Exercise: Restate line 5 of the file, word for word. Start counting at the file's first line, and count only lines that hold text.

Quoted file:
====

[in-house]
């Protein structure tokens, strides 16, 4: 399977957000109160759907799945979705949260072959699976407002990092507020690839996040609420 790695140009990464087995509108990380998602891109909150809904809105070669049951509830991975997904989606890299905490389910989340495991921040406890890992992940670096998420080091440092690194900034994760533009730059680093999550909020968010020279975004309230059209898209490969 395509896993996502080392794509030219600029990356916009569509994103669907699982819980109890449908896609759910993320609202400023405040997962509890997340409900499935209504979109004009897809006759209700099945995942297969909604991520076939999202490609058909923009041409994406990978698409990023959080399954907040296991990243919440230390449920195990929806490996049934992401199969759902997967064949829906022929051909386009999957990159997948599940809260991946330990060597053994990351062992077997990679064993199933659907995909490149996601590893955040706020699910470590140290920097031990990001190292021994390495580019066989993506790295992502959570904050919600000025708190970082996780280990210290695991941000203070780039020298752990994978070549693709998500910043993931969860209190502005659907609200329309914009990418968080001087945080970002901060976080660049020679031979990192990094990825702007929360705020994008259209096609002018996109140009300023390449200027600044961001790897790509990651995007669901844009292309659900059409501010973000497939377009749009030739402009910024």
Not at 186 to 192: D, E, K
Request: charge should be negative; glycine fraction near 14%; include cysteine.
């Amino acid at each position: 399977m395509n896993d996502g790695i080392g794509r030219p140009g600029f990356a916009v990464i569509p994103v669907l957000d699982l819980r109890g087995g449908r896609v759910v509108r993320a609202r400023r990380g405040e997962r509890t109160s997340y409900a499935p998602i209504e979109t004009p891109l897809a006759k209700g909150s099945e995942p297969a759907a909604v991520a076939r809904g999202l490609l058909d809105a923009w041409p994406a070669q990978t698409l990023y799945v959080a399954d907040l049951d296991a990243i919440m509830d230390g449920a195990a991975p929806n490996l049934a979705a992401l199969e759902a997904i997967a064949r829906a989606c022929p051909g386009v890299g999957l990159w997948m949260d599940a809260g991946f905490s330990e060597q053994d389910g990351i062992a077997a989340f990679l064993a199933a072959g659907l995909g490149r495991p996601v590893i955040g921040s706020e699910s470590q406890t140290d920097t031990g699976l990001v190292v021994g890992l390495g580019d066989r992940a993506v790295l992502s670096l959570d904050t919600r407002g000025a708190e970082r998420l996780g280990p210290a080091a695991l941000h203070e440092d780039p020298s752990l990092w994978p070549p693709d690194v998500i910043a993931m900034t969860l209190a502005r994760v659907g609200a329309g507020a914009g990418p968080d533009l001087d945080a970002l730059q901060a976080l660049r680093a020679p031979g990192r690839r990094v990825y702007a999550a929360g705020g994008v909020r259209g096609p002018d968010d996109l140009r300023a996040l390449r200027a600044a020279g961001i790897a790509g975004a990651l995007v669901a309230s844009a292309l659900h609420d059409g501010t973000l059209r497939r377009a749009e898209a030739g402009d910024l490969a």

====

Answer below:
């Amino acid at each position: 399977m395509n896993d996502g790695i080392g794509r030219p140009g600029f990356a916009v990464i569509p994103v669907l957000d699982l819980r109890g087995g449908r896609v759910v509108r993320a609202r400023r990380g405040e997962r509890t109160s997340y409900a499935p998602i209504e979109t004009p891109l897809a006759k209700g909150s099945e995942p297969a759907a909604v991520a076939r809904g999202l490609l058909d809105a923009w041409p994406a070669q990978t698409l990023y799945v959080a399954d907040l049951d296991a990243i919440m509830d230390g449920a195990a991975p929806n490996l049934a979705a992401l199969e759902a997904i997967a064949r829906a989606c022929p051909g386009v890299g999957l990159w997948m949260d599940a809260g991946f905490s330990e060597q053994d389910g990351i062992a077997a989340f990679l064993a199933a072959g659907l995909g490149r495991p996601v590893i955040g921040s706020e699910s470590q406890t140290d920097t031990g699976l990001v190292v021994g890992l390495g580019d066989r992940a993506v790295l992502s670096l959570d904050t919600r407002g000025a708190e970082r998420l996780g280990p210290a080091a695991l941000h203070e440092d780039p020298s752990l990092w994978p070549p693709d690194v998500i910043a993931m900034t969860l209190a502005r994760v659907g609200a329309g507020a914009g990418p968080d533009l001087d945080a970002l730059q901060a976080l660049r680093a020679p031979g990192r690839r990094v990825y702007a999550a929360g705020g994008v909020r259209g096609p002018d968010d996109l140009r300023a996040l390449r200027a600044a020279g961001i790897a790509g975004a990651l995007v669901a309230s844009a292309l659900h609420d059409g501010t973000l059209r497939r377009a749009e898209a030739g402009d910024l490969a």